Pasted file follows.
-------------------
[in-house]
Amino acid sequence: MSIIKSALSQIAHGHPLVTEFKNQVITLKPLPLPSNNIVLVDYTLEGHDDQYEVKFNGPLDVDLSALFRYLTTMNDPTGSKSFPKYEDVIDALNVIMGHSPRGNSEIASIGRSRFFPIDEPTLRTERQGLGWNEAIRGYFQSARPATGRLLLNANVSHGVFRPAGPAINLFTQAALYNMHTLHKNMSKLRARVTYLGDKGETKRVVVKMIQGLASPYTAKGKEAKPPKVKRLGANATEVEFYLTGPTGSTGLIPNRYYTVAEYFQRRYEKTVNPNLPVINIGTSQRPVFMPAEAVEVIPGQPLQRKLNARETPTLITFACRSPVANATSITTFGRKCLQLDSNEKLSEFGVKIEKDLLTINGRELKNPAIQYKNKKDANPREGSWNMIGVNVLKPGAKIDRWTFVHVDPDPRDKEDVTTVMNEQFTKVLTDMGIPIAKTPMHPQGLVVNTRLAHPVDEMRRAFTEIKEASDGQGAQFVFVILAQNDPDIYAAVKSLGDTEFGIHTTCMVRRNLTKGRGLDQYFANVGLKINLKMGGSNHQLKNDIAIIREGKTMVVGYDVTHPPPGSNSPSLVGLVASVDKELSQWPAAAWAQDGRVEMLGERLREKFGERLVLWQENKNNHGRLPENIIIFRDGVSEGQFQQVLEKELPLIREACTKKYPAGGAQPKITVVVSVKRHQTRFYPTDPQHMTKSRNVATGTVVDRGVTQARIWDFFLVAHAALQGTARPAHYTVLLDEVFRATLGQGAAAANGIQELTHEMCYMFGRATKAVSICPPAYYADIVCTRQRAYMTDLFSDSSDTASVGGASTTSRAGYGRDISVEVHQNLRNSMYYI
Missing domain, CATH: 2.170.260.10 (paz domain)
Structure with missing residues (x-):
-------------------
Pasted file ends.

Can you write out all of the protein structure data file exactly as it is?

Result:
[in-house]
Amino acid sequence: MSIIKSALSQIAHGHPLVTEFKNQVITLKPLPLPSNNIVLVDYTLEGHDDQYEVKFNGPLDVDLSALFRYLTTMNDPTGSKSFPKYEDVIDALNVIMGHSPRGNSEIASIGRSRFFPIDEPTLRTERQGLGWNEAIRGYFQSARPATGRLLLNANVSHGVFRPAGPAINLFTQAALYNMHTLHKNMSKLRARVTYLGDKGETKRVVVKMIQGLASPYTAKGKEAKPPKVKRLGANATEVEFYLTGPTGSTGLIPNRYYTVAEYFQRRYEKTVNPNLPVINIGTSQRPVFMPAEAVEVIPGQPLQRKLNARETPTLITFACRSPVANATSITTFGRKCLQLDSNEKLSEFGVKIEKDLLTINGRELKNPAIQYKNKKDANPREGSWNMIGVNVLKPGAKIDRWTFVHVDPDPRDKEDVTTVMNEQFTKVLTDMGIPIAKTPMHPQGLVVNTRLAHPVDEMRRAFTEIKEASDGQGAQFVFVILAQNDPDIYAAVKSLGDTEFGIHTTCMVRRNLTKGRGLDQYFANVGLKINLKMGGSNHQLKNDIAIIREGKTMVVGYDVTHPPPGSNSPSLVGLVASVDKELSQWPAAAWAQDGRVEMLGERLREKFGERLVLWQENKNNHGRLPENIIIFRDGVSEGQFQQVLEKELPLIREACTKKYPAGGAQPKITVVVSVKRHQTRFYPTDPQHMTKSRNVATGTVVDRGVTQARIWDFFLVAHAALQGTARPAHYTVLLDEVFRATLGQGAAAANGIQELTHEMCYMFGRATKAVSICPPAYYADIVCTRQRAYMTDLFSDSSDTASVGGASTTSRAGYGRDISVEVHQNLRNSMYYI
Missing domain, CATH: 2.170.260.10 (paz domain)
Structure with missing residues (x-):